The Greatest Risk To Retail Commercial Real Estate Is? Sovereign Debt! Macro Headwinds! Popping Bubbles! Busted Banks! No, It's

Reggie Middleton's picture

Here's the rub upfront for those who desire quick summaries:

  1. We had a massive CRE bubble which bust - See The Commercial Real Estate Crash Cometh, and I know who is leading the way.
  2. The CRE bubble bust, even as disguised and manipulated as it was, claimed some serious retail casualties. See GGP and the type of investigative analysis you will not get from your brokerage house.
  3. A public-private partnershp of misdirection allowed the popping bubble to be disguised. See The Conundrum of Commercial Real Estate Stocks: In a CRE "Near Depression", Why Are REIT Shares Still So High and Which Ones to Short?
  4. Even with the "kicking the can down the road mentality", fundamental and macro realities are bound to rear their heads. See The True Cause Of The 2008 Market Crash Looks Like Its About To Rear Its Ugly Head Again, With A Vengeance and then see Reggie Middleton ON CNBC's Fast Money Discussing Hopium in Real Estate 
  5. ... and will do so both in the US and abroad, see The "American Realist" Says: Past as Prologue - Re-blown Bubble to Pop Before the Previous Bubble Finishes Popping!!!!
  6. Those who truly believe that the more conservative EU nations will skate past this are sorely mistaken. See "Are The Ultra Conservative Dutch Immune To Pan-European Pandemic Contagion? Are You Safe During An Earthquake Because You Keep Your Shoes Tied Snugly?" Then see The First Major Real Estate Collapse In Europe? I've Found The EU Equivalent Of GGP, The Largest Real Estate Failure In US History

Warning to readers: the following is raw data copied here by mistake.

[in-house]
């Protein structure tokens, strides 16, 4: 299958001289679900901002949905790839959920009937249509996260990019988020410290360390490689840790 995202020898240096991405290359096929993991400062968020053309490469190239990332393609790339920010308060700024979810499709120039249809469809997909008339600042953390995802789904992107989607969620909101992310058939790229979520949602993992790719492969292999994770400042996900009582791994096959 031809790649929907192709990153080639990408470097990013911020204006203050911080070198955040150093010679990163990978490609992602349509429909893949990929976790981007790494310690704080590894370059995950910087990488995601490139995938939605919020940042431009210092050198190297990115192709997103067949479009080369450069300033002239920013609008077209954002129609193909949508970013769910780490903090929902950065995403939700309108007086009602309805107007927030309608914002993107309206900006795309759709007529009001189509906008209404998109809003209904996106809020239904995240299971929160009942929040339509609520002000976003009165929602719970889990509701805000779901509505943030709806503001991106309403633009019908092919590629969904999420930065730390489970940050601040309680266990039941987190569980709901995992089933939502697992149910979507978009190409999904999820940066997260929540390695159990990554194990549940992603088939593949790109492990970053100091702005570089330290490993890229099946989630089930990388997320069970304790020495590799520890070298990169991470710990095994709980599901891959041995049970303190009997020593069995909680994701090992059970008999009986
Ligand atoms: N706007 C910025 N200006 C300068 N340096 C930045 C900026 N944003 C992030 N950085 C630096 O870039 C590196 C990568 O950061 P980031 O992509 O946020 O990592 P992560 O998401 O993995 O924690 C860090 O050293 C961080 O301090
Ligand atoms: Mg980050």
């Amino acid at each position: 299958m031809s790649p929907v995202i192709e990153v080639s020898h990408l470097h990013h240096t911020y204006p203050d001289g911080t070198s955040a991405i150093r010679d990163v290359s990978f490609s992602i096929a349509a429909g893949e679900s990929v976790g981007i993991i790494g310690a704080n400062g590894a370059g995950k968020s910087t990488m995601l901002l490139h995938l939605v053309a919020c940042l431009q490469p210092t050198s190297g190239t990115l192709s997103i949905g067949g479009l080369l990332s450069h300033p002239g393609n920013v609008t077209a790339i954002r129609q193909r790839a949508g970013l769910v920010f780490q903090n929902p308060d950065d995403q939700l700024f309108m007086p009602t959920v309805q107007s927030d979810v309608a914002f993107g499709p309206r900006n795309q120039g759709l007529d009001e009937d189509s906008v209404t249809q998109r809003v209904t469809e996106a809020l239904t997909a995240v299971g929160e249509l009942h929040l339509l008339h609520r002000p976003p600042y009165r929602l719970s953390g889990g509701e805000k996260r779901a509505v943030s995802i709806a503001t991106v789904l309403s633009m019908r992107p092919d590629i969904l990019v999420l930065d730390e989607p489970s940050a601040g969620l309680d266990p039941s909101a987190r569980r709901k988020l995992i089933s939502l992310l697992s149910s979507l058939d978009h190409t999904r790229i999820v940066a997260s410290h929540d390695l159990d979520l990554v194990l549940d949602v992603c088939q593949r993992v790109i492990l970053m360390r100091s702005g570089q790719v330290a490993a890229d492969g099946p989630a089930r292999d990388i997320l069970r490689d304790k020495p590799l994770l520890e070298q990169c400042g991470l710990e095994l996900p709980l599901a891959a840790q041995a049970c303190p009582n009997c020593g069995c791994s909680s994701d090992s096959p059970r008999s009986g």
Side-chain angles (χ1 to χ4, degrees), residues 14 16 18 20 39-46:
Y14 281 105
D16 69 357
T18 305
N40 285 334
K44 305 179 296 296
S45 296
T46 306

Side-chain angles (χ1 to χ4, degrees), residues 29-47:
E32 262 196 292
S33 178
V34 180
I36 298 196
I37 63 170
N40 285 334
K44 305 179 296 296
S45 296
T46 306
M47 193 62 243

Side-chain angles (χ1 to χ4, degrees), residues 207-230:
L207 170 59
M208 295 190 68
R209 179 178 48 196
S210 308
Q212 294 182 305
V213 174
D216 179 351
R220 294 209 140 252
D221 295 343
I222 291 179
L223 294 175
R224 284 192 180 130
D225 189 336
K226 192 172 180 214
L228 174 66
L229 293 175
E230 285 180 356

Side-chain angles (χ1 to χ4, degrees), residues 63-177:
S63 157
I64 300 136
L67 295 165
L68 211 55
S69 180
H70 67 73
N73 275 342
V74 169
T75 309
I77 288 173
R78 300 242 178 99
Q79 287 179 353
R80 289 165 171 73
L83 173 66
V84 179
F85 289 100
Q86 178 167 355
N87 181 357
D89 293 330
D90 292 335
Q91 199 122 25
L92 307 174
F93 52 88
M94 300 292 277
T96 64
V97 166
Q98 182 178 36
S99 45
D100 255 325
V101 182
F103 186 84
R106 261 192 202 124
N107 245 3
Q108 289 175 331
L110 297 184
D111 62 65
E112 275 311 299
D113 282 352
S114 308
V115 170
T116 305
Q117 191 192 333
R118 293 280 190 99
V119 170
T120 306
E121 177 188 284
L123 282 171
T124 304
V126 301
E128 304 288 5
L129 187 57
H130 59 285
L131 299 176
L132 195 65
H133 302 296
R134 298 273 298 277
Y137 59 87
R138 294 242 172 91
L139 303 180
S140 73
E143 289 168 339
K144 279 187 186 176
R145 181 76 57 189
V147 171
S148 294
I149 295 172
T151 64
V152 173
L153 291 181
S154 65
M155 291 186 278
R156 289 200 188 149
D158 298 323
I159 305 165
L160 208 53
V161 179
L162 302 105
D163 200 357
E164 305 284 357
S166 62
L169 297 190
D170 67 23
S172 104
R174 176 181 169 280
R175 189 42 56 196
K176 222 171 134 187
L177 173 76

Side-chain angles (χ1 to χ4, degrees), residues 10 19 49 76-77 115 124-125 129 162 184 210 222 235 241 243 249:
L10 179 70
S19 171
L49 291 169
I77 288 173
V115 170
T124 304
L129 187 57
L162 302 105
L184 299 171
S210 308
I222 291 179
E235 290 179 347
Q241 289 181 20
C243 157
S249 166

The fact of the matter is that there is a very fundamental, and sparsely recognized reason for retail real estate to take a tumble.
When discussing the proposed Dutch real estate short release to my subscribers a couple of weeks ago (see The Real Estate Recession/Depression is Here, Eurocalypse Style and The First Major Real Estate Collapse In Europe? I've Found The EU Equivalent Of GGP, The Largest Real Estate Failure In US History), I asked my analysts if there was evidence of increeased retail web activity affecting European mall sales. I know that was the fear in the Netherlands (see the last two videos at the bottom of the post here) and the reality in the states (see below). After all, Amazon.com doesn't pull in all of those hypergrowth billions of retail online dollars through physical malls. And if Amazon is making it, some mall store is losing it. Now, said mall store could open up its own website and potentialy successfully compete with Amazon (think Walmart.com, etc.) but exactly where does that leave the overbuilt, and probably over leveraged mall operator???
Exactly! Fu@ked! Professional subcribers can see the rapid growth of online retailing in Europe via this document -File Icon Online Retail Sales Penetration, as excerpted...
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Online retail sales in Europe - Source: comScore Media Metrix

               In 2010, the online retail sales penetration increases noticeably among all major European nations, reaching an average 74.5% in Jan 2011 versus 66.0% in Jan 2010. This is a sharp increase. 

The UK recorded the highest Retail site penetration at 89.4% of the total online audience (up 6.3 points from last year). The Netherlands was ranked fifth with penetration of 80.2 percent (up 4.9%). The average minute per visitor for Europe was 52.4, close to 50.2 for Netherlands. For UK and France, this figure is above 80 minutes. This could imply that online spending would increase more sharply in the Netherland than in the UK, France and Germany. 

You see, during the bubble, a massive amount of retail space was built - much more than could possibly be effiiciently utilized. This is particularly true in the US, but also valid in Europe and even Asia as well (re: Ordos of empty cities fame). According to Howard Davidowitz, "We have 21 sq. ft. of retail selling space for every man, woman and child in this country." That's a tad bit much, eh? Do you know what makes it even worse? That selling space is becoming even less valuable, becuase more and more (and more) sales are being done online versus in a physical mall. I commented on Davidowitz's take, which is lockestep with mine this time last year: Davidowitz On Overt Optimism In The Retail Space And Mall REITs, Stuff Which We Have Detailed Often In The Past